Yet despite the inherent risks associated with drug use – from the damage it causes to the brain and organs, to the damage it can wreak on relationships and reputations, to the risk of jailtime – millions of Americans today use and are addicted to illicit drugs. Why? Because addiction is not something we can control as individuals. We can, however, treat it.


Why People Turn to Illegal Drugs

Addiction is not simply thrill-seeking – there are dozens of completely legal and very dangerous ways to cope with pain or get a high, but people do not just become addicted because they want the most economic or rational way out of the pain. If rationality or thinking had any part in the equation, most people would choose to work through the pain or stay sober to get a better grip on life.

Addiction is often the result of unfortunate circumstances, coupled with the right moments to create that slippery slope from the first high to a seemingly endless drug habit. Every case is unique, with its own set of reasons and factors, but no one in their right mind chooses addiction.

The operative terms being “right mind”. All it takes is a few mistakes – a lapse in faith, the pain of a major emotional loss, or simple teenage misguidedness – to turn a one-time thing into a serious problem. The reason teens are particularly at risk for developing an addiction is because in addition to an immortality complex, many teens do not have the brain development to completely think things through and realize the risks. Teens are also wired to perceive the internal reward system as more rewarding – meaning they are more inclined to go for something that makes them feel good.

For adults, there are many other reasons to turn to drugs. In recent years, the most obvious reasons are usually economic. While booze is the most typical and usually the cheapest way to deal with that kind of pain, others turn to more powerful and less legal methods of forgetting their problems. What might start as a single moment of weakness can evolve into a life-threatening issue.

Regardless of why people turn to illegal drugs, the dangers of these drugs are indiscriminate and far-reaching. Opiates and barbiturates can stop your breathing, cocaine, and methamphetamine can stop your heart, and long-term use of any illegal substance will usually scar and deteriorate the organs and cause much pain and damage. Yet, despite all that, breaking away from an addiction to illegal drugs is neither easy nor pleasant. But with today’s addiction treatment methods, almost any case has hope for long-term recovery.


Addiction is Treatable

Treating addiction starts with combatting the withdrawal and detox symptoms of the drug or drugs a person uses. Like any substance, it takes some time for the human body to completely metabolize a given drug. As an addictive drug passes through the body of someone who is addicted to it, they will often experience painful withdrawal symptoms. In some cases, these symptoms are like a bad flu, causing nausea and fevers. In other cases, they can be life-threatening.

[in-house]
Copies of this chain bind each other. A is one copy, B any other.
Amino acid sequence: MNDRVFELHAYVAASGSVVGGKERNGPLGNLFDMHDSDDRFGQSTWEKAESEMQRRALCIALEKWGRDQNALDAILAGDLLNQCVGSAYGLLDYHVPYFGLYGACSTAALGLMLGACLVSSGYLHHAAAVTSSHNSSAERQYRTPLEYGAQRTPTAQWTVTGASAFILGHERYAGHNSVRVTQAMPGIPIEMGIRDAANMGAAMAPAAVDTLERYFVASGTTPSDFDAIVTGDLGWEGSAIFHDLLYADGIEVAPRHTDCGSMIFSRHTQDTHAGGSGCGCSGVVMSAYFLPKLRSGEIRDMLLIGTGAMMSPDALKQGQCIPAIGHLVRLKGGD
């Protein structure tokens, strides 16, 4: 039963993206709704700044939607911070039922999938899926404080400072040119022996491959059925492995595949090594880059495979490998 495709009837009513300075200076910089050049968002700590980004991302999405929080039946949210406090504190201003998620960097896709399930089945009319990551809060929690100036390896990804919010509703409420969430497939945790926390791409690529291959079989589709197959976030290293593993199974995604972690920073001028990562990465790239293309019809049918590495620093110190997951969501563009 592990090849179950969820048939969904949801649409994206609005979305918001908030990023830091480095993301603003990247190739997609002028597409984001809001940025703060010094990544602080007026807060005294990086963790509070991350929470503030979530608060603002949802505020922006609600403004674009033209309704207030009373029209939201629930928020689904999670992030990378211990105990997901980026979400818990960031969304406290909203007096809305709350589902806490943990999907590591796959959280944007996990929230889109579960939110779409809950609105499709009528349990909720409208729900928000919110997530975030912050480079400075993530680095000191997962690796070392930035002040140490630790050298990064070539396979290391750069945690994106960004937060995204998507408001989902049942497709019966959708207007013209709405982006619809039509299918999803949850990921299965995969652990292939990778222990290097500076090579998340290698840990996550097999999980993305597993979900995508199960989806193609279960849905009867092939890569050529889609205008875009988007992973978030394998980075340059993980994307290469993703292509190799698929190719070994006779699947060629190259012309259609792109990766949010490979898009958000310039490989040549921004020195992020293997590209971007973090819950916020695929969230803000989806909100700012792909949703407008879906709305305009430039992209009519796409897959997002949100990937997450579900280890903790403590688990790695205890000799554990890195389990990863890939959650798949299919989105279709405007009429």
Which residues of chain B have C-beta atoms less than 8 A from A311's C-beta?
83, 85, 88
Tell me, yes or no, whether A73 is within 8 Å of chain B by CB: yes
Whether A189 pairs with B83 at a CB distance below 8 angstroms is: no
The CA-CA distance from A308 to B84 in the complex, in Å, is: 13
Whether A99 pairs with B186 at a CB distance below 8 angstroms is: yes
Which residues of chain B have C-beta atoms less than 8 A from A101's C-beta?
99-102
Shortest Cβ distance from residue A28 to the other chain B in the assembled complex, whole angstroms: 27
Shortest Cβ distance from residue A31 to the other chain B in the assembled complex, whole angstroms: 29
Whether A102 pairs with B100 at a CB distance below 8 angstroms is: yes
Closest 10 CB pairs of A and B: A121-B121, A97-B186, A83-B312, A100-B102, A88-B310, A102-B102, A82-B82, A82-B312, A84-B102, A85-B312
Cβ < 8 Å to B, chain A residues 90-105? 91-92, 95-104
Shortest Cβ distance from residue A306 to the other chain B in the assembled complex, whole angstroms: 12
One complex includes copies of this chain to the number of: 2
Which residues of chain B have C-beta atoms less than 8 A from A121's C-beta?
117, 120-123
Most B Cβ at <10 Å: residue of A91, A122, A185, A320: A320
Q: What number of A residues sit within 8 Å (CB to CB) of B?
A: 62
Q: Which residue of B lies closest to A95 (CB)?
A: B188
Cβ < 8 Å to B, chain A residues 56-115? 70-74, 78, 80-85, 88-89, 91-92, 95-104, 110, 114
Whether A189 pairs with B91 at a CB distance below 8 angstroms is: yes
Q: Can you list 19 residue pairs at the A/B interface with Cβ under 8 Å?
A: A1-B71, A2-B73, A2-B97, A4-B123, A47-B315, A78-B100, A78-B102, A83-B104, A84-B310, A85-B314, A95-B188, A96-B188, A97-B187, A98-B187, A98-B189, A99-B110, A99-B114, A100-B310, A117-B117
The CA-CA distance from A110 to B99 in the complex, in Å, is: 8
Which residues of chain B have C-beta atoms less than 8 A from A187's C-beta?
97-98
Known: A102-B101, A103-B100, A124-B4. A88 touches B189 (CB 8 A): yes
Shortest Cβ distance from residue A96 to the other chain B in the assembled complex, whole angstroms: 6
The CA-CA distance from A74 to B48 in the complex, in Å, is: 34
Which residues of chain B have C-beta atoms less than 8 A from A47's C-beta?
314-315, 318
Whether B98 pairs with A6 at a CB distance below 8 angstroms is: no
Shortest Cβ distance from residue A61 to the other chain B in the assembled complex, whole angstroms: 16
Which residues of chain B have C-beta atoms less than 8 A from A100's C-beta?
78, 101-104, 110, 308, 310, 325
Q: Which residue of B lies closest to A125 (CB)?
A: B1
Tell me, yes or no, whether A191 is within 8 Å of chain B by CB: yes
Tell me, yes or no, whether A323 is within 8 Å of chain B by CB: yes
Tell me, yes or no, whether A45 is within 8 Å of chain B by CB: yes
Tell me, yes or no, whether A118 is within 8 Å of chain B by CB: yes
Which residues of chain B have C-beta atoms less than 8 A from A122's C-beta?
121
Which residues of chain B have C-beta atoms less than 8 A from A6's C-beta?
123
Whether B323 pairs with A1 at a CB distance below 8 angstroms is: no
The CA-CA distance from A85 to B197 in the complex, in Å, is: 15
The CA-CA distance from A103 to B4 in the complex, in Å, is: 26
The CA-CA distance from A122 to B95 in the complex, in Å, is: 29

As the withdrawal tapers off, the body begins to get used to living without the drug – but the mind continues to crave it. Addictive drugs manipulate the brain into wanting the drug more than almost anything else. While the body metabolizes a drug dose quickly – a few hours to a few days – cravings can last weeks, months, and years. They do get weaker over time, allowing for therapy and sheer willpower to eventually overcome the addiction.

Treatment options exist in many different varieties, all with the goal of helping a patient work through the physical symptoms of addiction withdrawal, and then walking them through the steps of recovering mentally as well. This can involve copious lifestyle changes, group therapy, and more, depending on what patients respond to.


More Than Just the Brain

Illegal drugs have many risks associated with them, including the risk of jailtime and serious health problems. However, drug use can have a serious effect on a person’s relationships, capabilities, and future as well. Many struggle to recovery from addiction out of fear that their life will never completely recover. While technically an illness, addiction is still treated as a moral and individual problem, heavily stigmatizing those unfortunate enough to spend time as a drug user.

However, while drug use can wreak havoc on relationships and end careers, it’s never too late to make amends and heal the wounds of prior mistakes. Through recovery, it’s possible – and often even necessary – to reconcile with old friends and family members and find a way through the pain of addiction rather than around or away from it.

The damage an addiction wreaks on a person’s life need never be permanent. It will take time and perseverance to undo years of hardship, but with a proper treatment program, a specialized clinic or sober living home, and the help of a professional therapist, it’s possible for any case to find its way to normalcy and enjoy a qualitative life long after addiction.


Symptoms of a Greater Problem

Addiction affects people on an individual level, and it affects people on a family level. But more than that, it causes over $120 billion in productivity losses per year, over 72,000 annual overdose deaths, and an innumerable amount of emotional damage throughout the country. More than any war or disease, the addiction to alcohol, prescription medication, and illegal drugs especially tears a massive gash through this country.